I have always been amazed by the number of people that I know, meet, work with…. that are “People Pleasers.” You know the person that tries to camouflage themselves through chronic niceness, super-holiness, overly-concerned and simply wanting to make everyone happy.
At the end of the day “People Pleasers” spend so much time trying to please others that they begin to loose sight of what is best for themselves. At work: they work longer hours, don’t speak up and put all of their efforts towards harmony, rather than what is right or best. During the upcoming Holiday Season, “People Pleasers” will spend a lot of extra money buying a lot of extra or expensive gifts; when the reality is that the people receiving the gifts could care less. Oh and BTW “It’s the thought that really does count!”
Unfortunately or Fortunately, “I really don’t care what people think.” I am not saying that to be rude, disrespectful, crude, cocky… but I have just been blessed with the spiritual gift of “I really don’t care what people think!” This does not mean that I am not compassionate, loving, caring, considerate, thoughtful, appreciative, don’t like harmony…. as a matter of fact it’s quite the contrary. My discernment and decision making comes from a source, other than peoples’ opinion! I really think that has to be the case for all of us.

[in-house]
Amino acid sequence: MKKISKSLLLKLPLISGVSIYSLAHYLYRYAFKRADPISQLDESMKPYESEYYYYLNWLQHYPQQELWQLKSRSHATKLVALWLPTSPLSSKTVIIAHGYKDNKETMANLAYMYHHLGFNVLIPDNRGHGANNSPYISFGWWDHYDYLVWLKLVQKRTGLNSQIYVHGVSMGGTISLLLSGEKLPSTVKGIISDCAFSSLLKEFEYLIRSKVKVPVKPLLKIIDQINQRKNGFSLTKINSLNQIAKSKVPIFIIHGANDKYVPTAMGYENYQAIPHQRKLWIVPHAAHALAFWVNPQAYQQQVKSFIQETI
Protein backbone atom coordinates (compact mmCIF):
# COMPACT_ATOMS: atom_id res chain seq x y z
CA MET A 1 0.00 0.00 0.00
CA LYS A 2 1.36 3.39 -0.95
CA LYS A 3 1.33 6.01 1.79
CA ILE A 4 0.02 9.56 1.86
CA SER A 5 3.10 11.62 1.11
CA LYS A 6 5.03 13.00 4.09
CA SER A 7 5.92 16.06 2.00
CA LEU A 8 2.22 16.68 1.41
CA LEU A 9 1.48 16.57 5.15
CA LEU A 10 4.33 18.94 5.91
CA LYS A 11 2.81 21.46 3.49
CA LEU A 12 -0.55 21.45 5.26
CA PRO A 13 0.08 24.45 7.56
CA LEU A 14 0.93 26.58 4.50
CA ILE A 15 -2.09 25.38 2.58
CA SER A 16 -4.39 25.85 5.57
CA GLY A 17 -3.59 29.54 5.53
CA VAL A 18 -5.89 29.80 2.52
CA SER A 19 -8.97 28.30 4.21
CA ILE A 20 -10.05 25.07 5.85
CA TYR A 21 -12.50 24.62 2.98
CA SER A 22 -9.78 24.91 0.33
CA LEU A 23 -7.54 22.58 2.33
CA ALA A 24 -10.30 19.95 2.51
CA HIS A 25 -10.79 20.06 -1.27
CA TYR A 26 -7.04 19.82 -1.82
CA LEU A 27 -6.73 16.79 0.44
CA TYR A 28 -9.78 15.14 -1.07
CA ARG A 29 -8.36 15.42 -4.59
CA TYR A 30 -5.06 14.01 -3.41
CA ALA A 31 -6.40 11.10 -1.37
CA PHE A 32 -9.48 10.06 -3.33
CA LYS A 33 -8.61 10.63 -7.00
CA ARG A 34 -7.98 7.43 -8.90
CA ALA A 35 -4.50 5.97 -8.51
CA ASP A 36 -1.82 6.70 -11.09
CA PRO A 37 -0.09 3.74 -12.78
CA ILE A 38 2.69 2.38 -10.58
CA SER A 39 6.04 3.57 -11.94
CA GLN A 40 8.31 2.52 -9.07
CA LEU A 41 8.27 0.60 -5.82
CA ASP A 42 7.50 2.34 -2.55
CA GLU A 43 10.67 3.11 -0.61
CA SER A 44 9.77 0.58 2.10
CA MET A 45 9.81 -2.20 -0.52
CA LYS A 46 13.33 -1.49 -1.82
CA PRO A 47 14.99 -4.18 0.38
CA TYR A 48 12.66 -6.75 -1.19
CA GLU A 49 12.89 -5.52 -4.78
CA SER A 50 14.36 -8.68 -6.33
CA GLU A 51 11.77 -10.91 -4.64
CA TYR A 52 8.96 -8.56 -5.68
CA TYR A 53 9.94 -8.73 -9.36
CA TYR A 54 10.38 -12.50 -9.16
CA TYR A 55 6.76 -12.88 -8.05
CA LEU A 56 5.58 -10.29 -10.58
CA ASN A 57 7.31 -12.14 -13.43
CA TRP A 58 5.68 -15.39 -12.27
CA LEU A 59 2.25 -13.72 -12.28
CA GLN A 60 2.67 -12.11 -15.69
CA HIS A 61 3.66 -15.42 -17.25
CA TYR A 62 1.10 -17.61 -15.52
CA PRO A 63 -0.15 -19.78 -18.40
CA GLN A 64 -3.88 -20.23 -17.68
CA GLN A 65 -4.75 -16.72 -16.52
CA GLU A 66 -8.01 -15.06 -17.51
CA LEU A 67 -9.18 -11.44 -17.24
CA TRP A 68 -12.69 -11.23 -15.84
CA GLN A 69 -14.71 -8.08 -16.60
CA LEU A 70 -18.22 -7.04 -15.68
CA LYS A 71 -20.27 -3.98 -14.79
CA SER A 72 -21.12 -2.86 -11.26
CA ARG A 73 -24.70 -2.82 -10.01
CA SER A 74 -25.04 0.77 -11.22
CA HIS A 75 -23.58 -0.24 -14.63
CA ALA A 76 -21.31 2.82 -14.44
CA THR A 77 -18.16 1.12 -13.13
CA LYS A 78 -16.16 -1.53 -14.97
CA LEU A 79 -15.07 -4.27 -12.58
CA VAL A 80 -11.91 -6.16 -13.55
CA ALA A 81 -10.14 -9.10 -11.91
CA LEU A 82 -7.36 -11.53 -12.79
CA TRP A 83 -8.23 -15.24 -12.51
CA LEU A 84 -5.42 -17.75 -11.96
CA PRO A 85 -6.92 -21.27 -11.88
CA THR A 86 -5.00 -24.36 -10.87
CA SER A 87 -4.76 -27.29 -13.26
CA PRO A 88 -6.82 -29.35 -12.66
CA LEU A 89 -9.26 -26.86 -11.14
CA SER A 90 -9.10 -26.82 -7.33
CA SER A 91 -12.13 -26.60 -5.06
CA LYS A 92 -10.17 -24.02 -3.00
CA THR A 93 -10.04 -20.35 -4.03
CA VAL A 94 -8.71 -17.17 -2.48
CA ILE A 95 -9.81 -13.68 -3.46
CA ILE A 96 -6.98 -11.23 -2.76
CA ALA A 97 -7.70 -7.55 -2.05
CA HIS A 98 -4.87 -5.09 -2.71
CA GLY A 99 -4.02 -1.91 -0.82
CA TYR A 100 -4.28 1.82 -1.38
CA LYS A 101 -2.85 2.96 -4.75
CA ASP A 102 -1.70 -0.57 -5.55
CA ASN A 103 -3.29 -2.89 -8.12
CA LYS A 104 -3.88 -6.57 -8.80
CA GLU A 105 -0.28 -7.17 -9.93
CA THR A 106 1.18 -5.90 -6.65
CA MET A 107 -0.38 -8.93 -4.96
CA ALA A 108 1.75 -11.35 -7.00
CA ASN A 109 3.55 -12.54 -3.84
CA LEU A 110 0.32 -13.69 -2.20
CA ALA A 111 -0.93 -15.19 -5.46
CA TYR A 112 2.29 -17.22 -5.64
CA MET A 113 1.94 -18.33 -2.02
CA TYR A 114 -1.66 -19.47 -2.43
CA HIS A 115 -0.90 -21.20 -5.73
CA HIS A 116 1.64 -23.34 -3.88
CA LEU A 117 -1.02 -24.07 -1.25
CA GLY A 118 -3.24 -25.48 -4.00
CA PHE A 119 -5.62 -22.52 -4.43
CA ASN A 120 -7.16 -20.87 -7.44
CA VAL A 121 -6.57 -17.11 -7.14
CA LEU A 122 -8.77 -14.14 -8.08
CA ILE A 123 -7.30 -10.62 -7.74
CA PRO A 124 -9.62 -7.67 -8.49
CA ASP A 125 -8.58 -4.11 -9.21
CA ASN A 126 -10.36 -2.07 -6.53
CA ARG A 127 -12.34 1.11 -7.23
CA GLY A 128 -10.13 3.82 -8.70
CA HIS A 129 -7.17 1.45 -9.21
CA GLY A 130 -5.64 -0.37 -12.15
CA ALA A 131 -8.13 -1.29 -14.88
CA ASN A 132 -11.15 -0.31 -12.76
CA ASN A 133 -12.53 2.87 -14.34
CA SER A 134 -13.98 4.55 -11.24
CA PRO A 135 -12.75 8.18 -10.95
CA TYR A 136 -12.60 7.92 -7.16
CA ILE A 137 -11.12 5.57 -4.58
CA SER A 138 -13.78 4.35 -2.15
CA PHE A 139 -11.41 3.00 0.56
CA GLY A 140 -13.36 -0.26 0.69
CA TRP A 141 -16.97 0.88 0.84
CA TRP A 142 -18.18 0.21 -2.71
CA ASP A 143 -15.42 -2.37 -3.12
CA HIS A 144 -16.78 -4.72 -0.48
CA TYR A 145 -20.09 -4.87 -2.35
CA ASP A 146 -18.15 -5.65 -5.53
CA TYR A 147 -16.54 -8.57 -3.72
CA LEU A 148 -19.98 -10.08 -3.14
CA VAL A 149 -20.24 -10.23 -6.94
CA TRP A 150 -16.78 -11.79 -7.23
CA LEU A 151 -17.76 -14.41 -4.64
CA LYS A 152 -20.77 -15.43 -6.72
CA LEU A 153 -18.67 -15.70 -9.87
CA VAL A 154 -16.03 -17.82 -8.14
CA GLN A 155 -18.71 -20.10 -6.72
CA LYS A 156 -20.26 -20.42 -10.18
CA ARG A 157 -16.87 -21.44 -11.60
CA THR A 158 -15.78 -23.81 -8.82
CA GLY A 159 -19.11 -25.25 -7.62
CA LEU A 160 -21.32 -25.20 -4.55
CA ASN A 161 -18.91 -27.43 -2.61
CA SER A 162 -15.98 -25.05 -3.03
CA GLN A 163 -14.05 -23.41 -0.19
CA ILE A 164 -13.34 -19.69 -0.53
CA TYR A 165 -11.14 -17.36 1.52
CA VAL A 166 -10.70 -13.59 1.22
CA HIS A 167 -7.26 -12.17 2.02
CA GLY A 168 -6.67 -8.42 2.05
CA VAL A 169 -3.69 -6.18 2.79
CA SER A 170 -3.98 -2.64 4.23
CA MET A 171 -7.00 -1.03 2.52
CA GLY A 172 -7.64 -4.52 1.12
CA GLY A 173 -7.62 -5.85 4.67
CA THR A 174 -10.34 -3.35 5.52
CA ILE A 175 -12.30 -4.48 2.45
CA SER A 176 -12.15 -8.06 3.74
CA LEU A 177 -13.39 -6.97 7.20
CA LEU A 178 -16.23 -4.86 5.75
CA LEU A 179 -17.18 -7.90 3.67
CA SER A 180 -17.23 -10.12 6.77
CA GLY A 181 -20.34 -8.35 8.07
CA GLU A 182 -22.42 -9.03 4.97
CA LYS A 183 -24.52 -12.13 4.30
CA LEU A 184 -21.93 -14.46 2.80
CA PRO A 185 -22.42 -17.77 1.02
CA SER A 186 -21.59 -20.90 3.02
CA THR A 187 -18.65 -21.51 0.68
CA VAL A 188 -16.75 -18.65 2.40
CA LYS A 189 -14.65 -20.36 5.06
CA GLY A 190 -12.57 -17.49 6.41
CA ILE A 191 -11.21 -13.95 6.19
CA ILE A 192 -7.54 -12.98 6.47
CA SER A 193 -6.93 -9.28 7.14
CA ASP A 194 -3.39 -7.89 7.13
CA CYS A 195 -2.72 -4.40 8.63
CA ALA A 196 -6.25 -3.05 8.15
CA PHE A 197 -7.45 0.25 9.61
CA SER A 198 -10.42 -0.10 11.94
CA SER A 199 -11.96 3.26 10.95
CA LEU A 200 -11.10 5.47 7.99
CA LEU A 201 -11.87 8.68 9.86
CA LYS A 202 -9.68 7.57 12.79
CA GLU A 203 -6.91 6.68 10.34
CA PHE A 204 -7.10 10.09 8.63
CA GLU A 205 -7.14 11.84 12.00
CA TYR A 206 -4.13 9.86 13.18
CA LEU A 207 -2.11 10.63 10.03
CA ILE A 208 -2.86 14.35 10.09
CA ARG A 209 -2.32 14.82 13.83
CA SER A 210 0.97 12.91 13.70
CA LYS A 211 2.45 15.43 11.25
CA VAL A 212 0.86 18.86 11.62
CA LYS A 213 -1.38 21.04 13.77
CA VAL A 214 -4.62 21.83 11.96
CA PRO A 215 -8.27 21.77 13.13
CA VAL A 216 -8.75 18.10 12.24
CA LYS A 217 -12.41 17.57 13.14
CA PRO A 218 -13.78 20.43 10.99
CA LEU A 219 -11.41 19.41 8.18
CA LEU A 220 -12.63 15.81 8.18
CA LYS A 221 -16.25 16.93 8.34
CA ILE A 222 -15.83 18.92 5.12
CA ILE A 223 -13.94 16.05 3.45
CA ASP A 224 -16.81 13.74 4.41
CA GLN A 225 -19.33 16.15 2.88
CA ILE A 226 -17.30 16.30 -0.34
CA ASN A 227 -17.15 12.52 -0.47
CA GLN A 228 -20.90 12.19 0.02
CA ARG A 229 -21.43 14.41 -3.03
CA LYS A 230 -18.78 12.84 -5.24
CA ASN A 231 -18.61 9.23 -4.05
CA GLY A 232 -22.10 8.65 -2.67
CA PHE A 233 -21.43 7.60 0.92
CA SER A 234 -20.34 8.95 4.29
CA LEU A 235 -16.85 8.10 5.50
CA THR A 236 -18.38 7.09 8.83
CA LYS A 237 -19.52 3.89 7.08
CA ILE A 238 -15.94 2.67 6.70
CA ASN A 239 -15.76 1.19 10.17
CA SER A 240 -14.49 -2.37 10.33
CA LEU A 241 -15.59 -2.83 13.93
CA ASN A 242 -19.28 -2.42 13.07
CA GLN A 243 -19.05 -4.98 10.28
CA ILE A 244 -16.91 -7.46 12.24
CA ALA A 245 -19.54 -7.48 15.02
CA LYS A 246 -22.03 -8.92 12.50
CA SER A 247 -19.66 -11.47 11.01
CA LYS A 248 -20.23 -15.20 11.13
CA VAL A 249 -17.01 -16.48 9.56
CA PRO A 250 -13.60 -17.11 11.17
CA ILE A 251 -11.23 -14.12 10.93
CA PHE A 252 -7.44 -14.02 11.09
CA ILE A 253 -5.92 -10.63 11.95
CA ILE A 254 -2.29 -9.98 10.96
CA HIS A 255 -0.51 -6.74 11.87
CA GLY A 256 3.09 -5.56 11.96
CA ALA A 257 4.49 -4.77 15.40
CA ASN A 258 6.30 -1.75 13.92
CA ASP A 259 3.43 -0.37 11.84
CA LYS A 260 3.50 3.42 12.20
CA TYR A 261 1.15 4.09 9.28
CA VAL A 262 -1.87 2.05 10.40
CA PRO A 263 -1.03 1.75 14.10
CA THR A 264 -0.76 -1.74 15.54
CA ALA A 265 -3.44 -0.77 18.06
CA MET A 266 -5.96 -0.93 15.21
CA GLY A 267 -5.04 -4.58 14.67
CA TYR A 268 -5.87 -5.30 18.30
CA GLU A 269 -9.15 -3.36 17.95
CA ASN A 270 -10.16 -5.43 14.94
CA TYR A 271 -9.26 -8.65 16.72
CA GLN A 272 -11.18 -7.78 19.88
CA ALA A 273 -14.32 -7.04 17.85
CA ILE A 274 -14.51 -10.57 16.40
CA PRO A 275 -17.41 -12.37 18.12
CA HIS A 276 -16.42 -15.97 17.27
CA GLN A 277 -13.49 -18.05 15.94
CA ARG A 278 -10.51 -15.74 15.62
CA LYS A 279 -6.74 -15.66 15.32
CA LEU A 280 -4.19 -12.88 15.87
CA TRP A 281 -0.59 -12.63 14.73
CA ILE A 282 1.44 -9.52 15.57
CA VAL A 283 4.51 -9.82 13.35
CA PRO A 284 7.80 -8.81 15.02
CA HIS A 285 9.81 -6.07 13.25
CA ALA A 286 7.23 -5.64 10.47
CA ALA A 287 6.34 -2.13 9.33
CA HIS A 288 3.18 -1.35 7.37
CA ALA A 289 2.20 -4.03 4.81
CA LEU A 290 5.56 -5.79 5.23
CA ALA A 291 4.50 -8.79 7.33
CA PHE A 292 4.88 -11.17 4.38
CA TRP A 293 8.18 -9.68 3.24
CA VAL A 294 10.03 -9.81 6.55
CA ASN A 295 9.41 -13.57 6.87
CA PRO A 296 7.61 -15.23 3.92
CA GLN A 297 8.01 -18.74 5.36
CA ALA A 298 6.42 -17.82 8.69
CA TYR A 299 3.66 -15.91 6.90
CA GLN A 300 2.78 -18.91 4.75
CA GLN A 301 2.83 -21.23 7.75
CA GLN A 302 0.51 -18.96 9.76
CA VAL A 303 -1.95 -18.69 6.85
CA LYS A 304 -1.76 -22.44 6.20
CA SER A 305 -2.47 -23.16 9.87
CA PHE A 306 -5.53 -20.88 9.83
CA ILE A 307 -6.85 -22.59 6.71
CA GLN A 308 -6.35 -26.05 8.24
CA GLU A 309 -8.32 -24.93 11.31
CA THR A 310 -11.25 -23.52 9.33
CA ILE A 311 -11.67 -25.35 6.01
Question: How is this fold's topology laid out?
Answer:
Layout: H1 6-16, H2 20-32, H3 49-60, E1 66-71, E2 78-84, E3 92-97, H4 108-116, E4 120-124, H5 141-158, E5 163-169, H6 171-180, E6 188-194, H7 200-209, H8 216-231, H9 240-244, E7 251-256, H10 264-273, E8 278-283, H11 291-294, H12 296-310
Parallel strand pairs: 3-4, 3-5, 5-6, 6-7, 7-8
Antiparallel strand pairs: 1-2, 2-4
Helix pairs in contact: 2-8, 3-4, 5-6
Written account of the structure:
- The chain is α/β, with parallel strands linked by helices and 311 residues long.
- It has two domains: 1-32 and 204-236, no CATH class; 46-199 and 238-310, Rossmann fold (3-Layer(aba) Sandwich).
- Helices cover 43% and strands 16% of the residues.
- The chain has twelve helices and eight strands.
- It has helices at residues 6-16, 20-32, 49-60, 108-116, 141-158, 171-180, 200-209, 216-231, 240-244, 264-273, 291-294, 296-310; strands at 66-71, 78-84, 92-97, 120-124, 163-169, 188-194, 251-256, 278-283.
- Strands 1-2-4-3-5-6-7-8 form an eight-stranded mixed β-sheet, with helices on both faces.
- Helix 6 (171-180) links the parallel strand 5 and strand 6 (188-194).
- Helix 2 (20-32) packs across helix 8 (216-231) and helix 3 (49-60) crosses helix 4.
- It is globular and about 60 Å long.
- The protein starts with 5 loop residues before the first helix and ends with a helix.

The bottom line is that we need to seek to please God and quit worrying about pleasing people. We need to examine our thoughts, feelings, motives and behaviors; as well as placing God’s desires coupled with our personal desires before others’ approval. I am not certain that “People Pleasers” are pleasing God, just people!
Are you, or do you know a “People Pleaser?” What are your thoughts, feelings and perspectives about people pleasing? You can be candid and can say what you mean, because “I really don’t care what people think!” Posted in Love!
Scott Williams is a speaker, strategist, consultant and developer of leaders. He is an avid blogger at BigIsTheNewSmall.com and leverages Social Media to make a Kingdom impact. Scott is passionate about leadership development, organizational growth, and diversity. He is the author of “Church Diversity – Sunday The Most Segregated Day of the Week.” Scott is married, a father of two, and lives in Oklahoma City, OK.